The Sun (Malaysia)
Standard of proof for fraud in civil claims
Introduction OVER the last 30 years, differing judicial opinions on the standard of proof for fraud in civil claims were set out in the many judgments of the highest court in the land. Standard of proof in essence means the “degree of persuasion which the tribunal must feel before it decides that the fact in issue did happen”.
As such, a degree of confusion as to what is the true standard of proof for fraud in civil claims had arisen. About three months ago, the Federal Court decided in the seminal case of Sinnaiyah & Sons Sdn Bhd v Damai Setia Sdn Bhd  5 MLJ 1 on the issue of the standard of proof for fraud allegations in a civil claim and put paid to all the uncertainty from all the previous conflicting judgments.
The Three Different Standards Before delving further into the principles laid down in the case of Sinnaiyah, for the purposes of coherence, I will first set out the three different standards adopted by the courts over the years.
1. The Balance of Probabilities but Balance on a Higher Degree Depending on the Seriousness of the Fraud.
The Federal Court in Lau Kee Ko & Anor v Paw Ngi Siu  1 MLJ 21 decided that when a plaintiff alleges fraud, he must do more than proof fraud on the balance of probabilities, in tandem with the Singaporean position in Eastern Enterprises Ltd v Ong Choo Kim 1 MLJ 236 whereby for fraud in a civil claim; the degree of probability to be applied is higher than that required in an ordinary civil case though not the very high standard of criminal law depending on the seriousness of the allegation.
2. The Criminal Standard of Beyond Reasonable Doubt.
The Privy Council in Saminathan v Pappa 1 MLJ 121 held that fraud is essentially like any other charge of criminal offence, so whether it was made in civil or criminal proceedings, the standard of proof must be that of beyond reasonable doubt. Following on, subsequent Malaysian cases in the 1980’s adopted the standard of proof of beyond reasonable doubt for fraud in civil claims.
3. Either Standard on the Balance of Probabilities or Beyond Reasonable Doubt Applied Depending on the Nature of the Fraud.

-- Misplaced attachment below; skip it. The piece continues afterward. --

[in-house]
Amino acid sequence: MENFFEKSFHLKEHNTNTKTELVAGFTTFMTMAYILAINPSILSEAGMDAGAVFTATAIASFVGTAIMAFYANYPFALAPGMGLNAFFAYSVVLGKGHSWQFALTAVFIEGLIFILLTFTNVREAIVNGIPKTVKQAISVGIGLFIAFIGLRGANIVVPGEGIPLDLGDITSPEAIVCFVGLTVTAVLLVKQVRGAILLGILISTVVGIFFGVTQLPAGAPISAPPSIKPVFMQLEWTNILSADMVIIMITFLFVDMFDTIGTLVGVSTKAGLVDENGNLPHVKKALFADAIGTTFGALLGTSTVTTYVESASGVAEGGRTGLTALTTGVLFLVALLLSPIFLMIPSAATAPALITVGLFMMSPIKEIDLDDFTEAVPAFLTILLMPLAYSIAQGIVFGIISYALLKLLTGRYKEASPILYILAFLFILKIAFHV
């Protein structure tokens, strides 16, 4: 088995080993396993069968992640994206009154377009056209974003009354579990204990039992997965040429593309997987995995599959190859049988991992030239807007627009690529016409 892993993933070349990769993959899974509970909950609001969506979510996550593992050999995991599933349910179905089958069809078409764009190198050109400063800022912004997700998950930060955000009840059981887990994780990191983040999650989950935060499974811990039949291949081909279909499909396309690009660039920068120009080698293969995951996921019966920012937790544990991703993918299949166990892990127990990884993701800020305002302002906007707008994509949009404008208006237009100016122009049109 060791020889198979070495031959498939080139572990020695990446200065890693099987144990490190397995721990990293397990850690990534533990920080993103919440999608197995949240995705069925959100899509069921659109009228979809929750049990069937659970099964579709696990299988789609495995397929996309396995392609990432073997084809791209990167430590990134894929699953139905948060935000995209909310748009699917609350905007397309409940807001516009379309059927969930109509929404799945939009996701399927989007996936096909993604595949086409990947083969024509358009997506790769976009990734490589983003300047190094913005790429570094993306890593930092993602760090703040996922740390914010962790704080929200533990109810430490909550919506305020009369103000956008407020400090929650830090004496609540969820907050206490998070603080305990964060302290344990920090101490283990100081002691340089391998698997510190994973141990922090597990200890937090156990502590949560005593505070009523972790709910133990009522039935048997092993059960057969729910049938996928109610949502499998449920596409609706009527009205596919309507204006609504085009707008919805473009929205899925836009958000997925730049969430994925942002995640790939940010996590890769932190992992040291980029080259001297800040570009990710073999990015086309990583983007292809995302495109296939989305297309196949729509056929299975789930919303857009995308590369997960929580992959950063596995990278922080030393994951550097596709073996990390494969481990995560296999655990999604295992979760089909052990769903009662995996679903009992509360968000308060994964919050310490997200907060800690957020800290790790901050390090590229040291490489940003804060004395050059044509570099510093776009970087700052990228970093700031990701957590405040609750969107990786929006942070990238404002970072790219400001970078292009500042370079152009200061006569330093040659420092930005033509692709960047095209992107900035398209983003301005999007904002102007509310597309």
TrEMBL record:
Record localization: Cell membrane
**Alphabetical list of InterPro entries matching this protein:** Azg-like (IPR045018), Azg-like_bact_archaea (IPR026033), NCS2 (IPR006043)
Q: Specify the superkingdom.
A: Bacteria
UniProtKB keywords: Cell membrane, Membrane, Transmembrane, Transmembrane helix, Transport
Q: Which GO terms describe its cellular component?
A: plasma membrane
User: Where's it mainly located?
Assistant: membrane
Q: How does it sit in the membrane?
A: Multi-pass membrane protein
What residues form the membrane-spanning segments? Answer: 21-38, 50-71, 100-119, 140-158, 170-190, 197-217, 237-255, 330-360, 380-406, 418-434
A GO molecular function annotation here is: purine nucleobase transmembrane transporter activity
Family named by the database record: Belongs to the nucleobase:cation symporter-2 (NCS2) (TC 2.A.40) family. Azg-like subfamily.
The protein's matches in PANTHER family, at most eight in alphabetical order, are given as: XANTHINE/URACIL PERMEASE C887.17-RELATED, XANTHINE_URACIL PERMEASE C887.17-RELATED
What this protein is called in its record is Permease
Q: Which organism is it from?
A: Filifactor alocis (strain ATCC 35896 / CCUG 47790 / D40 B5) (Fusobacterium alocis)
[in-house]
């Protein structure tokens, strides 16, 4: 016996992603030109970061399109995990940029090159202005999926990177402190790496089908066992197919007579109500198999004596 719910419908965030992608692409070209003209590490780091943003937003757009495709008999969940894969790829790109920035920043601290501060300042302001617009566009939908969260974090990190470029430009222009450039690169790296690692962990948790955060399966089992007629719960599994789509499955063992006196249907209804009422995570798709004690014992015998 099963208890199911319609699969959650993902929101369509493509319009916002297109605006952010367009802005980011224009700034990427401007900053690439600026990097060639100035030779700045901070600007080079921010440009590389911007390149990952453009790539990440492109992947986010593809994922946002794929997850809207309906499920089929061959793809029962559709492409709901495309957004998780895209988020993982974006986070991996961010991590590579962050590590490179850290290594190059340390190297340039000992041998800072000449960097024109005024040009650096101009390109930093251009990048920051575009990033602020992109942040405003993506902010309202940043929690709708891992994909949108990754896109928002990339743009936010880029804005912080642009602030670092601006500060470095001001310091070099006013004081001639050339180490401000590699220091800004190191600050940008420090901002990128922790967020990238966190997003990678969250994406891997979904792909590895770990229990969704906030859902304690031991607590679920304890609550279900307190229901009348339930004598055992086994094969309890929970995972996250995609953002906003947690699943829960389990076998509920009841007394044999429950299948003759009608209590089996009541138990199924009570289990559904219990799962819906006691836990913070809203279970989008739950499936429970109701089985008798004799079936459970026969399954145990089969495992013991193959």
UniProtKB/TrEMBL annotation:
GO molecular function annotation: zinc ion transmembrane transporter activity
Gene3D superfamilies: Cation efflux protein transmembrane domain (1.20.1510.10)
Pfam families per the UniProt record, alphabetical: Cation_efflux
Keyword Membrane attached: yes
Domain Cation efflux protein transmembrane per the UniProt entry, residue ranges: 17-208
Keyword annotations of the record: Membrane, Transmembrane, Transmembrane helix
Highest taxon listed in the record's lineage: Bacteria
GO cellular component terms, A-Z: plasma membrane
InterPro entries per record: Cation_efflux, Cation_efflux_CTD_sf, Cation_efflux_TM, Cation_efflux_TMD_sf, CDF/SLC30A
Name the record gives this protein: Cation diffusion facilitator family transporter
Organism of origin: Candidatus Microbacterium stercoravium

In Ang Hiok Seng v Yim Yut Kiu (Personal Representative for the estate of Chan Weng Sun, deceased)  2 MLJ 45, the Federal Court decided that the standard of proving fraud should be dependent on the nature of the fraud alleged. If there are criminal elements, beyond reasonable doubt should apply while civil fraud should be decided on the balance of probabilities.
Standard Applied in Other Commonwealth Jurisdictions The issue is that after those three cases were decided (Lau Kee Ko, Saminathan and Ang Hiok Seng), the lower Courts after that could pick and choose which authority to follow giving rise to judicial uncertainty. Hence, in Sinnaiyah, the Federal Court was minded to remedy this and an analysis of the position taken by other Commonwealth jurisdictions was done by the Court.
Except for Singapore that has decided to adopt the aforementioned first standard of proof, the other Commonwealth jurisdictions such as the UK, Canada and Australia are of the similar mind that there should only be two kinds of standard of proof. In criminal cases, it is beyond reasonable doubt. In civil claims, it is on the balance of probabilities.
New Settled Law: The Standard of Proof for Fraud in Civil Claims in Malaysia The Federal Court in Sinnaiyah went on to reiterate the ratio decidendi of the following cases to make clear that from this decision onwards, the standard of proof for fraud in civil claims is on the balance of probabilities:
Baroness Hale of Richmond in Re B (Children) (Care Proceedings: Standard of Proof) (CAFSCASS intervening)  UKHL 35 held that:
“Neither the seriousness of the allegation nor the seriousness of the consequences should make any difference to the standard of proof to be applied in determining the facts.”
In Boonsom Boonyanit v Adorna Properties Sdn Bhd  2 MLJ 62, it was held that:
“In the absence of a statutory provision to the contrary, proof in civil proceedings of facts amounting to the commission of a crime need only be on the balance of probabilities.”
The Federal Court similarly in this case explicitly overturned all the previous three standards fleshed out above, all of it is no longer good law. Moving forward, the only standard the courts ought to look to when deciding on fraud allegations in a civil claim is the standard of proof on the balance of probabilities.
To prevent the floodgates of litigation, it was also clearly stated this new case is prospective in effect only. Sinnaiyah cannot be used as a springboard to set aside or review previous decisions decided on a different standard of proof.
Conclusion It must be said that this decision has been long coming given the judicial ambiguity on this issue that was drawn out over the last 30 years. This new decision simplifies the current law and provides much needed clarity and certainty.
Contributed by Tracy Tan of Christopher & Lee Ong (www.